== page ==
Crocodiles Can Climb Trees: Researchers In Climbing Study Observed

Crocodiles Can Climb Trees: Researchers In Climbing Study Observed


Most people entering crocodile territory keep
a wary eye out on water and land, but research suggests they need to look up. Though the
reptiles lack obvious physical features to suggest this is possible, crocodiles in fact
climb trees all the way to the crowns, according to University of Tennessee researcher Vladimir
Dinets. Researchers in the climbing study observed crocodiles in Australia, Africa and
North America. The study documented crocodiles climbing as high as six feet off the ground.
But Dinets said he received anecdotal reports from people who spend time around crocodiles
of the reptiles climbing almost 30 feet. Dinets said crocodiles lack the toe and foot structure
that would be expected of a climber. However, smaller and juvenile crocodiles in particular
were observed climbing vertically while larger ones tended to climb angled trunks and branches,
all of which is a measure of the reptiles’ spectacular agility, he said. “They just go
slowly,” he said. “Eventually they get there.” The finding was reported in January in Herpetology
Notes in collaboration with Adam Britton from Charles Darwin University in Australia and
Matthew Shirley from the University of Florida. The researchers believe the crocodiles climb
to keep a lookout on their territory and to warm themselves in the sun. “The most frequent
observations of tree-basking were in areas where there were few places to bask on the
ground, implying that the individuals needed alternatives for regulating their body temperature,”
the authors wrote. “Likewise, their wary nature suggests that climbing leads to improved site
surveillance of potential threats and prey.” People who spend time around crocodiles have
known about the climbing ability for decades, Dinets said, but this study is the first to
thoroughly examine the climbing and basking behavior. Dinets also was co-author of a widely
reported study in 2013 that demonstrated crocodiles used sticks and twigs to hunt, balancing nest-building
material on their snouts just above the water line to lure birds. The crocodiles lay in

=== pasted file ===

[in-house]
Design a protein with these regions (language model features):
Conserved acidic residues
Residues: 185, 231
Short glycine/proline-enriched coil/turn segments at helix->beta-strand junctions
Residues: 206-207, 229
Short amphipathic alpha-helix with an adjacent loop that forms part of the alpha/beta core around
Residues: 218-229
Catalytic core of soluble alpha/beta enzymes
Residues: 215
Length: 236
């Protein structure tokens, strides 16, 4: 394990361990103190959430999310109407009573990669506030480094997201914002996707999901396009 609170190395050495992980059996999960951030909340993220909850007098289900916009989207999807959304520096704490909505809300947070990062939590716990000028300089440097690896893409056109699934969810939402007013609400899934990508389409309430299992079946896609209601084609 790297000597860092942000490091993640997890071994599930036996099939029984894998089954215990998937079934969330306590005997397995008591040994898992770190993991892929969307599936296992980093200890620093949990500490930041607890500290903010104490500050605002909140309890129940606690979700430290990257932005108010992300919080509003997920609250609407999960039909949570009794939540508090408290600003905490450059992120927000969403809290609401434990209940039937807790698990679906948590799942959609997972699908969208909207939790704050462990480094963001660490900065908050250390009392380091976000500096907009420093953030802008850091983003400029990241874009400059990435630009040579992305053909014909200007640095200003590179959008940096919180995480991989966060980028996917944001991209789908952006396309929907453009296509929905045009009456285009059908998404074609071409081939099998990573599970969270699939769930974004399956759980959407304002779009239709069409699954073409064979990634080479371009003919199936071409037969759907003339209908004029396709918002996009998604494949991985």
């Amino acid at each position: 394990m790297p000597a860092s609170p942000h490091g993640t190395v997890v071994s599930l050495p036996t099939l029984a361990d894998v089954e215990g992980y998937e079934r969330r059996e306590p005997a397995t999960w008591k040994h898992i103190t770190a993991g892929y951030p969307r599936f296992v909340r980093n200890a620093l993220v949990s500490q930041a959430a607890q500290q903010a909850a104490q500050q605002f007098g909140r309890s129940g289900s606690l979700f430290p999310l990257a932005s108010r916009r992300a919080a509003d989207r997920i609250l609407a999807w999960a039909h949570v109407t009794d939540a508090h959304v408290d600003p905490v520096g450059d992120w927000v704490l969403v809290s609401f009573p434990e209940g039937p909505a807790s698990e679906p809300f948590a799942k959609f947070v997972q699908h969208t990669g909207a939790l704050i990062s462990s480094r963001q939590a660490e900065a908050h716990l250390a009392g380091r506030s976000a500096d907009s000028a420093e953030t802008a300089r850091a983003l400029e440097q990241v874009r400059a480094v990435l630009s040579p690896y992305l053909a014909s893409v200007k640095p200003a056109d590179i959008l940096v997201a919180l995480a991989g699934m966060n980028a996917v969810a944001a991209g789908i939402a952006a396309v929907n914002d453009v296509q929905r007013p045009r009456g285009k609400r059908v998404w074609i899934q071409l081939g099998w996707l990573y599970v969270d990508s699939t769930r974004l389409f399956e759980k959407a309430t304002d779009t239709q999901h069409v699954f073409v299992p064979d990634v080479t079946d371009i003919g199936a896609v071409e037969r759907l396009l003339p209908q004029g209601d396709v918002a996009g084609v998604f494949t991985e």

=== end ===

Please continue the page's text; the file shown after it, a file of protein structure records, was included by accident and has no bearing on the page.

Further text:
wait for hours and lunged when a bird ventured near. That finding was the first reported
use of tools by any reptile and the first known case of predators timing the use of
lures to a seasonal behavior in their prey, according to a University of Tennessee press
release at the time. The latest climbing study suggests paleontologists studying extinct
species should be cautious about drawing conclusions from fossils, adds Dinets. “If crocodiles
were extinct and you only knew them from fossils, you wouldn’t be able to guess they climb trees
because they don’t have any physical adaptations,” Dinets said. “Assumptions based on fossils,
he said, can be “far less correct than people think.”

26 comments / Add your comment below

  1. I'll be damned….. Watch out when walking under large branches, it might start raining teeth.

  2. Man , whats with lizards and trees ? Crocs in the Ocean, what would win 1/2 ton Croc Vs  1/2 ton Great White

  3. Okay, this is absurd. No wonder these things haven't evolved in tens of millions of years. These things are ridiculous.

  4. In Papua New guinea there is a breed of lizard called tree crocodiles , with scientific name as Salvatoris monitor ( Varanus Salvatorensis) which incidentally is the longest Lizard in the world (15 feet) . It dwells on trees. Does these pictures are showing are actually aSalvatories monitors rather than crocs?

  5. OMG there were shots of Goannas there at least when you do a video make sure all the footage is of what your talking about.

  6. Well, let's put it this way. I'll concede that they can climb up the trunks, and into the branches, of slanted trees growing right next to the water! But, that's about it.

  7. Do you really need to use a monitor lizard for this illustration? It weakened your video terribly.

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